Non-equilibrium steady state of stochastic circuits
The study of systems with non-equilibrium steady state (NESS) has become of great interest in recent years. The paradigm for NESS is a system which is coupled to two equilibrated reservoirs "A" and "B" that are characterized by different temperatures \(T_A\) and \(T_B\). The steady state of the system is not canonical. A particular case of special interest is having one reservoirs (call it "A") that is replaced by a stationary driving source, while the relaxation is provided by a bath (call it "B") that has some finite temperature \(T_B\). This is still the same paradigm because formally the driving source "A" can be regarded as a bath that has an infinite temperature \(T_A=\infty\).
Upper figure: Illustration of a prototype model system: a ring that is made up of N isolated sites with on site energies E_n. The ring is coupled to a heat reservoir (represented by the blue "environment") and subjected to a noisy driving field (represented by the red circle) that induces a current in the ring.
Lower figure: In the upper panel the current in the ring is plotted as a function of the scaled driving intensity. In the lower panel this dependence is imaged for various strengths ("sigma") of disorder (each row corresponds to one plot as above). More generally we have analyzed the statistics of the current over many realizations of the disorder.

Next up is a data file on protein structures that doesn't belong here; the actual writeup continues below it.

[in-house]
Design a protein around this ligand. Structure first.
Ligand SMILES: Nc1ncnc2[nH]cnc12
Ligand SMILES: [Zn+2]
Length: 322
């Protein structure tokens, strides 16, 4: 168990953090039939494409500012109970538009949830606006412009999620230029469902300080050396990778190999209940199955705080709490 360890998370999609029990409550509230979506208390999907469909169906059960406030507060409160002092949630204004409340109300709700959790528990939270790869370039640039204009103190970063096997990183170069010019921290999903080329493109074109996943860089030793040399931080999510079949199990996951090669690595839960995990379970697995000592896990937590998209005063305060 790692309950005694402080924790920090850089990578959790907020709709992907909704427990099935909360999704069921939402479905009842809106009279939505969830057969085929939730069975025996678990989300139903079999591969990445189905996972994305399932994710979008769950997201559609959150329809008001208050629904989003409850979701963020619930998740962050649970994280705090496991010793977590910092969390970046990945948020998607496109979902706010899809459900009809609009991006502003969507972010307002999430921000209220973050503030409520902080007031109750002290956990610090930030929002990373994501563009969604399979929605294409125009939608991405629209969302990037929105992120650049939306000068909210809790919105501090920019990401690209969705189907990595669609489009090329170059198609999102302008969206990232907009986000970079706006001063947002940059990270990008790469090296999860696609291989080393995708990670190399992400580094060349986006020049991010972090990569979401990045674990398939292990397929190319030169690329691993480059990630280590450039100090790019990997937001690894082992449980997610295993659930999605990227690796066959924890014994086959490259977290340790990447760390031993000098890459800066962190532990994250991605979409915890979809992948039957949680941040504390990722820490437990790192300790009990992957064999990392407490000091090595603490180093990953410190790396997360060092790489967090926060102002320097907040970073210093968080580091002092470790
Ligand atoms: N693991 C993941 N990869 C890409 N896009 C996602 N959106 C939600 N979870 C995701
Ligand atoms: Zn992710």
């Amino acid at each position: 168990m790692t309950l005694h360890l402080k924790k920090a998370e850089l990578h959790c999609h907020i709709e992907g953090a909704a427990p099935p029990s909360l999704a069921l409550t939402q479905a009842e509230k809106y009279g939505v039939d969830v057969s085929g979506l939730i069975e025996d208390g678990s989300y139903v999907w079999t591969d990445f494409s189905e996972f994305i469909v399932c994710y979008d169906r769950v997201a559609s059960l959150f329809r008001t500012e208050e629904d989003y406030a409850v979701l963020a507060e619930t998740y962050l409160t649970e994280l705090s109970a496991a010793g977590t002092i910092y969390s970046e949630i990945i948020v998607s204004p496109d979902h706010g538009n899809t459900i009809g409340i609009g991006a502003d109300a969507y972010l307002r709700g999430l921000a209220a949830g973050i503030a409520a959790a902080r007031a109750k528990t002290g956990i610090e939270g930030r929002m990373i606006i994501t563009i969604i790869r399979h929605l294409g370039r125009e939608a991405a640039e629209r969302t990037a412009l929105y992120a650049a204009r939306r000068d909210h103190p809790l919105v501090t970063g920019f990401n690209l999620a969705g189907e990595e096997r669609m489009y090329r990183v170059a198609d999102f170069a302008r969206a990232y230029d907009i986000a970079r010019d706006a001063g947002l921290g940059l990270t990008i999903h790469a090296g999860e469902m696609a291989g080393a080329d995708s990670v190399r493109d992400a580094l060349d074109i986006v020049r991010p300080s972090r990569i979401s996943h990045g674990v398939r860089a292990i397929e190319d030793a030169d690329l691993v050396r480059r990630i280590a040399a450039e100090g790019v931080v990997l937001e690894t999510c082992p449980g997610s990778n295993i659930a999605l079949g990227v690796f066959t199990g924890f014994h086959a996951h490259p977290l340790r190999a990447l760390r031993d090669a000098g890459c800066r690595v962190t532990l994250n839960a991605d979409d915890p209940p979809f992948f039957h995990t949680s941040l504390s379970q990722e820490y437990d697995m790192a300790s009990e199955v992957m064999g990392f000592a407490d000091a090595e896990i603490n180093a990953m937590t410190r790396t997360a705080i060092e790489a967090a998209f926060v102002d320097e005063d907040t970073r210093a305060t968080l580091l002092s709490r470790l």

In subsequent studies we have addressed questions that concern the relaxation of such currents, and how the relaxation depends on percolation and localization properties of the model. Currently we are trying to extend the theory, considering general stochastic active networks.
The above figure is taken form our Nature Scientific Report publication entitled "Percolation, sliding, localization and relaxation in topologically closed circuits". The radial direction is time and the angle is the position. (a) For small bias the dynamics is over-damped. (b) For large bias the dynamics is under-damped. The transition has to do with the de-localization of the eigen-modes, and surprisingly happens before the "sliding transition" that had been widely discussed in past literature.
Phase measurements in quantum mechanics